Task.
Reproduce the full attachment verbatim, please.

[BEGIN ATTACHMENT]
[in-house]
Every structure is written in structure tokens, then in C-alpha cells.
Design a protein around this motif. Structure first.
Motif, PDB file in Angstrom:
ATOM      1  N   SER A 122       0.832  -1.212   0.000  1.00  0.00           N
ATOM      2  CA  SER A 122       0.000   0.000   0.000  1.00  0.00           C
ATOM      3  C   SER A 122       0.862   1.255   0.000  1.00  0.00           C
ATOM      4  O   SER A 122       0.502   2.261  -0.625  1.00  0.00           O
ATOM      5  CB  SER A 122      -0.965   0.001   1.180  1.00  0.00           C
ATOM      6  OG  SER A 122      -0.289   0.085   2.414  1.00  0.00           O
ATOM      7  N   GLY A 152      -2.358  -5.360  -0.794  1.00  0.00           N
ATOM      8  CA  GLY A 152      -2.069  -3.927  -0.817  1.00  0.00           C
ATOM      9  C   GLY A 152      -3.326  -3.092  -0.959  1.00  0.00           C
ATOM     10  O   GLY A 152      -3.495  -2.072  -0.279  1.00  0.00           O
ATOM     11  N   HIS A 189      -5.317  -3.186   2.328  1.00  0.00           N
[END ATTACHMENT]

[in-house]
Every structure is written in structure tokens, then in C-alpha cells.
Design a protein around this motif. Structure first.
Motif, PDB file in Angstrom:
ATOM      1  N   SER A 122       0.832  -1.212   0.000  1.00  0.00           N
ATOM      2  CA  SER A 122       0.000   0.000   0.000  1.00  0.00           C
ATOM      3  C   SER A 122       0.862   1.255   0.000  1.00  0.00           C
ATOM      4  O   SER A 122       0.502   2.261  -0.625  1.00  0.00           O
ATOM      5  CB  SER A 122      -0.965   0.001   1.180  1.00  0.00           C
ATOM      6  OG  SER A 122      -0.289   0.085   2.414  1.00  0.00           O
ATOM      7  N   GLY A 152      -2.358  -5.360  -0.794  1.00  0.00           N
ATOM      8  CA  GLY A 152      -2.069  -3.927  -0.817  1.00  0.00           C
ATOM      9  C   GLY A 152      -3.326  -3.092  -0.959  1.00  0.00           C
ATOM     10  O   GLY A 152      -3.495  -2.072  -0.279  1.00  0.00           O
ATOM     11  N   HIS A 189      -5.317  -3.186   2.328  1.00  0.00           N